Join Robert Serianni, MS, CCC-SLP, FNAP, the chair and program director of the department of Speech-Language Pathology at Salus University, as he moderates a podcast that focuses on the services provided at the Speech-Language Institute (SLI). He is joined by Daryl Dearolf, a SLI client, Paige deBlecourt, ‘23SLP, a student working with that client and Eileen Hunsaker, MS, CCC-SLP, the supervisor overseeing the care of the client.
 
Dearolf: On May 25th, 2018, I had a stroke, it was around 3 p.m. I was [home] from work. Then, I was tired and I passed out. They took me to St. Mary's Medical Center, and then the nurse told me that I had a brain bleed.
 
Serianni: Thanks for sharing that, Daryl. Why did you choose to come to Salus's Speech-Language Institute?
 
Dearolf: The first time I remember finding anyone from Salus was in Jan., 4, 2019. I came to Salus so I could get help from future speech therapists.
 
Serianni: Daryl, you have gotten to work with a bunch of future speech therapists here at the SLI. So, I know you've worked with several students, but I'm wondering how Paige has helped you improve your speech and language skills.
 
Dearolf: She is giving me numbers and measurements to practice, such as feet and inches. They are working on using concise and clear language.
 
SLI client podcast recording sessionSerianni: Daryl, that's what impresses me. You do not make anything easy on yourself. You really do challenge yourself in these therapy sessions. So, I'm wondering, what keeps you motivated to keep working to improve your skills while you come to the SLI?
 
Dearolf: I need to recall what words and letters mean and how they sound. You give me something to do and it's great for me to figure it out, and remember how to do it. And again, and again, and again, I need to do it.
 
Serianni: Well, Daryl, your story is really inspiring to me, to our supervisors and certainly our students, and we really thank you for sharing your time with us so that we can learn how best to work with somebody that's had a brain bleed.

I want to switch to Paige, your current student. Paige, will you go ahead and introduce yourself to the listeners?
 
deBlecourt: My name is Paige and I am a first-year student at Salus University, and this is my second semester in the clinic.
 
Serianni: Tell us, how is working with your supervisor and the client in SLI enhancing your education?
 
SLP faculty overseeing client care in SLIdeBlecourt: I think that it's very helpful to have educators and supervisors who oversee what we're doing on a daily basis with our clients, especially being first year students, to have that guidance, especially with writing treatment notes, Subjective, Objective, Assessment and Plan (SOAP) notes, and stuff like that. And just allowing us the opportunity to learn and especially learn from our clinical educators. I've learned a lot from my clinical educators over the last two semesters: interventions to use, assessments to administer, and just how to write a SOAP note.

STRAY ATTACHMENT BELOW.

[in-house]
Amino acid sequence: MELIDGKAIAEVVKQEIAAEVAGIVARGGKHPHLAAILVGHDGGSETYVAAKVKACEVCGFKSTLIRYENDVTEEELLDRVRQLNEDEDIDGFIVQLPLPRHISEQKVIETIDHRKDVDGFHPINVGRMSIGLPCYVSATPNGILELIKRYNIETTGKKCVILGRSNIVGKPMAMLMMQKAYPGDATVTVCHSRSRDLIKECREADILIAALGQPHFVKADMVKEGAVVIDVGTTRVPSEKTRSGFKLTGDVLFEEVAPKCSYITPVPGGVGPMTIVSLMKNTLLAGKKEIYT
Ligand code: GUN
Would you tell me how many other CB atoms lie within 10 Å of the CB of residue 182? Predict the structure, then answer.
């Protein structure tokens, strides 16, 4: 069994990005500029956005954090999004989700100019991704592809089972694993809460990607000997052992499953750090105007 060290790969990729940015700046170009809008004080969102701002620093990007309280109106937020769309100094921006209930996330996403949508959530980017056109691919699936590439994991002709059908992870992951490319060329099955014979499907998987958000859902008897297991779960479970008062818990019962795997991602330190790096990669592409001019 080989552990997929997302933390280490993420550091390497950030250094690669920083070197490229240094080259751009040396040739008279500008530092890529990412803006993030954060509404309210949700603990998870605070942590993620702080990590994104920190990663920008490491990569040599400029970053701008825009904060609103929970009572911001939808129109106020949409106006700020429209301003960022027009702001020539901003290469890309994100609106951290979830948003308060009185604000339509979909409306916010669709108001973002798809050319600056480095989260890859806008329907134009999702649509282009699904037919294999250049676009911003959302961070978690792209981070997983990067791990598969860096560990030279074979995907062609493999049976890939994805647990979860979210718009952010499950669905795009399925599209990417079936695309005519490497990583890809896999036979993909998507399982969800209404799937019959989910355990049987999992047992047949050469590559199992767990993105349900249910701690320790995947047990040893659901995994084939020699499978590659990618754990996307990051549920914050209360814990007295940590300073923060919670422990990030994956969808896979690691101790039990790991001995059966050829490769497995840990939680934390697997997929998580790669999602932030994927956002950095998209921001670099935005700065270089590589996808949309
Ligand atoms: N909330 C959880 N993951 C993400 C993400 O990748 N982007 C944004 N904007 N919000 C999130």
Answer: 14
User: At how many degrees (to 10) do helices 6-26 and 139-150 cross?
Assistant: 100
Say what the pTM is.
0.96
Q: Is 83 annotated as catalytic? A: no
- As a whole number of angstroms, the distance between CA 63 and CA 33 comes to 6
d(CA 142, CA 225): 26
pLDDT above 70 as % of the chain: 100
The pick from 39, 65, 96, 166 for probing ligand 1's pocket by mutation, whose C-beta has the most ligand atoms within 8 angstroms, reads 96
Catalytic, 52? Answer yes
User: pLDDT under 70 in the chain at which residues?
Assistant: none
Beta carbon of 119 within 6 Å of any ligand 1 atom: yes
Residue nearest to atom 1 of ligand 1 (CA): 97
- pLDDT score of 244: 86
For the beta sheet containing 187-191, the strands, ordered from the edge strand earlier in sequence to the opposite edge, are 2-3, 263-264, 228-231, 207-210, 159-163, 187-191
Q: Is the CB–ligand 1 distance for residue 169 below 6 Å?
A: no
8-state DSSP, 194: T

Serianni: Thanks Paige, we really set up the SLI as an opportunity to take the theoretical information, the information students learn in the classroom and bring it right into real world situations with clients that have communication disorders like Daryl. And, Paige, you are a great example of students in our program who are really taking that information and successfully applying it to your interventions and assessment sessions.

I'm sure your supervisor, who we're going to transition to next, Eileen, is happy to echo those words. Eileen, how about we start with you introducing yourself?
 
Hunsaker: Hi, my name is Eileen Hunsaker. I am assistant professor here at Salus, and I am also a clinical educator or supervisor here in the Speech-Language Institute.
 
Serianni: Eileen, tell us a little bit about what your thoughts are on the advantages of students getting this early clinical exposure, the opportunity to take that classroom information right into the clinic.
 
Hunsaker: Our students start within the first few weeks of being graduate students, seeing clients in our Speech-Language Institute. So, as they're learning in the classroom, they're also practicing those skills with our clients. They get very early exposure to therapy and to working with clients, and to writing SOAP notes and therapy plans, as Paige said. I think just jumping in and doing it has the advantage of both the student, and then our clients get great services, as well. I'm really proud of Daryl for all the work he's done. I've been working with him for a year and a half, and I have seen such great progress. And, he is somebody who always is motivated and working hard.
 
Serianni: To echo what you say, Eileen, as one of our professors, who's teaching in the classroom and able to take those lessons in the didactic mode and move them into the clinical education piece is, I think, one of the greatest strengths of the Salus program. We really hope that while you're listening here, you think about the challenges in graduate education and the opportunities for students to really learn in these real life environments, like the Speech-Language Institute.